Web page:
December 27, 2014

"Dürer, Rembrandt, Tiepolo" @ MOBIA

For nearly a decade The Museum of Biblical Art (MOBIA) has promoted art inspired by the Bible through scholarly exhibitions of historical and contemporary works.  Located at the corner of Broadway and 61st Street on Manhattan's Upper West Side, MOBIA's mission is not as a religious institution but as an interpreter of the Bible through the eyes of Jewish and Christian artists and artisans alike.

Their current exhibition is a perfect example of the power of biblical imagery in the world of prints.  "Dürer, Rembrandt, Tiepolo" presents a select group of etchings, engravings and woodcuts from the Jansma Collection of the Grand Rapids Art Museum.  Not only are these exquisite examples of biblical illustrations, they are samples of printmaking at its finest.

Albrecht Dürer (1471-1528)
"Christ Carrying the Cross", 1512

When printmaking made its debut in Western Europe in the 15th century, it was suddenly possible to distribute multiple examples of identical images through the use of a matrix - either a piece of carved wood or sheet of incised metal which was then inked and impressed on a sheet of paper.  Rather than an expensive painting or icon, individuals could now acquire and carry cheaper and more portable devotional images thereby spreading the Word among a greater population.

Presented in "Dürer, Rembrandt, Tiepolo" are pieces by some of the finest artists to work in the medium of print.  The exhibition opens with Albrecht Dürer and his exquisitely detailed suite of 16 engravings illustrating The Passion (see above) and continues with Rembrandt van Rijn whose small and charming "The Star of the Kings, a Night Piece" was a discovery for me, and the larger, more familiar "The Three Crosses" (see below) was impressive as always.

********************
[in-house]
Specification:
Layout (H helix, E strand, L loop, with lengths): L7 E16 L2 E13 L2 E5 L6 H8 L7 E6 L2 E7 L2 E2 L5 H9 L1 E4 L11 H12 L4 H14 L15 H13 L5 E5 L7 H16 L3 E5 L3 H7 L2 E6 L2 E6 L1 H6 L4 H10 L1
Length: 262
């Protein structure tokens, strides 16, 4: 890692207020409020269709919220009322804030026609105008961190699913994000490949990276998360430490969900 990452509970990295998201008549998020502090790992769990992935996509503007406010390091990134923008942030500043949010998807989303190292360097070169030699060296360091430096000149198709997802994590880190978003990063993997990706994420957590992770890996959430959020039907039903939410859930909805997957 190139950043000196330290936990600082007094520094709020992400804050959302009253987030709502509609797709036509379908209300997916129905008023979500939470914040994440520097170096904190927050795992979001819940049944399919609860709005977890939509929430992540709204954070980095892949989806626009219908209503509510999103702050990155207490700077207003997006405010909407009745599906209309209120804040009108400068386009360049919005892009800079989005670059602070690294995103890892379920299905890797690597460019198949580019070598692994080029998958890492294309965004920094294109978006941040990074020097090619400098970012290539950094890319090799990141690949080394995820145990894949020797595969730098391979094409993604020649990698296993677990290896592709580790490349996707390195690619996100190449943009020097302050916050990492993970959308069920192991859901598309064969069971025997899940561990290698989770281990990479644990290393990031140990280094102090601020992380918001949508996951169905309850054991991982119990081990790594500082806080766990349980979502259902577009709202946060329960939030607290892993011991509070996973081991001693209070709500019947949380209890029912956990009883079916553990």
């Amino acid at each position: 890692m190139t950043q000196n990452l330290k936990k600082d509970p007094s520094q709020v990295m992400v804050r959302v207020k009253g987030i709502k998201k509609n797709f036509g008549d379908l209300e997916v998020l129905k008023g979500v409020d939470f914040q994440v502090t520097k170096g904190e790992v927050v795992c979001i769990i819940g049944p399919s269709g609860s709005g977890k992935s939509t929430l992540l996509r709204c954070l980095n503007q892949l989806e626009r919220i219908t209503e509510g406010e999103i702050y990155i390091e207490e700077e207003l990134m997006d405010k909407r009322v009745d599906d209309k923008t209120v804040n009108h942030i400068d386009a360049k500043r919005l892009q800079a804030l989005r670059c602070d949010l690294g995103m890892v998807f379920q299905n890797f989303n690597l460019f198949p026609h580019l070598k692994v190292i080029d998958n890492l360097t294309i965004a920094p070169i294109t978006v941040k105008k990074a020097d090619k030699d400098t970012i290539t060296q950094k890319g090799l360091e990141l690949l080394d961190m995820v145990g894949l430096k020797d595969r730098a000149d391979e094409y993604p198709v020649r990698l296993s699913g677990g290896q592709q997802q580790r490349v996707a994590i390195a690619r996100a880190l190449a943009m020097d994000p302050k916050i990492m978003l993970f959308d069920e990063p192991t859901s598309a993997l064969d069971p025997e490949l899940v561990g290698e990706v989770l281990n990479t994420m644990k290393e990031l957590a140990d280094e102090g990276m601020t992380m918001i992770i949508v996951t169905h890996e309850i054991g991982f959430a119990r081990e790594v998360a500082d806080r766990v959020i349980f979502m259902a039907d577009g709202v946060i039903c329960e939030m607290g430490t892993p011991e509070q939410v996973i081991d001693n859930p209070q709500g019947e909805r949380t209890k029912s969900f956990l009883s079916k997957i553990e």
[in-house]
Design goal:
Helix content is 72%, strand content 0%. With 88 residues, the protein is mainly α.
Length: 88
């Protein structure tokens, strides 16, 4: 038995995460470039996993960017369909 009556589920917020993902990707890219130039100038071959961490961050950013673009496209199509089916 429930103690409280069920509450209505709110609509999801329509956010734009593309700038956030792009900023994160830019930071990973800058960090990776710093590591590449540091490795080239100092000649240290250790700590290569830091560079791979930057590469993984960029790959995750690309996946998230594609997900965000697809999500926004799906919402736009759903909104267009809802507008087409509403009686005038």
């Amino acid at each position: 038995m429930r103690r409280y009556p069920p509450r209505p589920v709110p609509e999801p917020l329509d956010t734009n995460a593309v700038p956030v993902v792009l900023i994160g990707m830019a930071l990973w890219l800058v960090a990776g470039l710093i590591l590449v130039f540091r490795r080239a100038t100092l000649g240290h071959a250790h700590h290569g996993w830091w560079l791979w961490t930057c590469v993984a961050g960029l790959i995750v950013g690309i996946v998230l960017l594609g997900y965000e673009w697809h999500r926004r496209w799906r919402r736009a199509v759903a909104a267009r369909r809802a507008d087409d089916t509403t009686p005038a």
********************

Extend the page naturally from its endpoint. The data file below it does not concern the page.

Rembrandt van Rijn (1606-1669)
"Christ Crucified Between Two Thieves (The Three Crosses)", 1653-55
4th State, Drypoint with burin

Another suite of etchings depicting "The Flight into Egypt" by Giovanni Domenico Tiepolo not only illustrated a (now) very familiar story, it did so with careful attention to human expression making Mary and Joseph and the other characters seem like real people rather than fictional personalities.

Giovanni Domenico Tiepolo (1727-1804)
"Joseph and Mary Seeing Shelter" 
Plate #5 from "The Flight Into Egypt", 1750-53

The British artist William Blake also interpreted The Bible and the complete set of 22 engravings for "The Illustrations of the Book of Job" is on view here.  Considered to be Blake's masterpiece, this series is almost an homage to Old Master printmaking with the melding of text and image as a modern illuminated manuscript and the use of the more laborious technique of line engraving as opposed to etching.

William Blake (1757-1827)
"The Lord Answering Job out of the Whirlwind", 1825

While Impressionist artist Edouard Manet may be better known for his beautifully colored paintings of Parisian scenes, he was also an accomplished print maker as the powerful etching and aquatint "The Dead Christ with Angels" will attest.

Edouard Manet (1832-1888)
"The Dead Christ with Angels", 1866-67
Etching with aquatint printed in brown ink

Finally, and most surprisingly, is a series of colored woodcuts illustrating The Lord's Prayer by the German Expressionist artist Max Pechstein.  Profoundly affected by the horrors witnessed while serving in the army during World War I, Pechstein retreated to a fishing village in Northern Germany to recover his sanity.  Although The Bible was not primary subject matter for him, Pechstein's interpretation of this fundamental Christian prayer is almost painfully personal and very moving.

Max Pechstein (1881-1955)
Title Page from "The Lord's Prayer (Das Vater Unser)", 1921
Wood cut with hand color

On this note I will wrap up this blog and this year with a deep gratitude for all the blessings of my life and many thanks to my wonderful readers.  I wish you all a very Happy New Year and look forward to sharing more adventures as we travel through 2015 together!

No comments: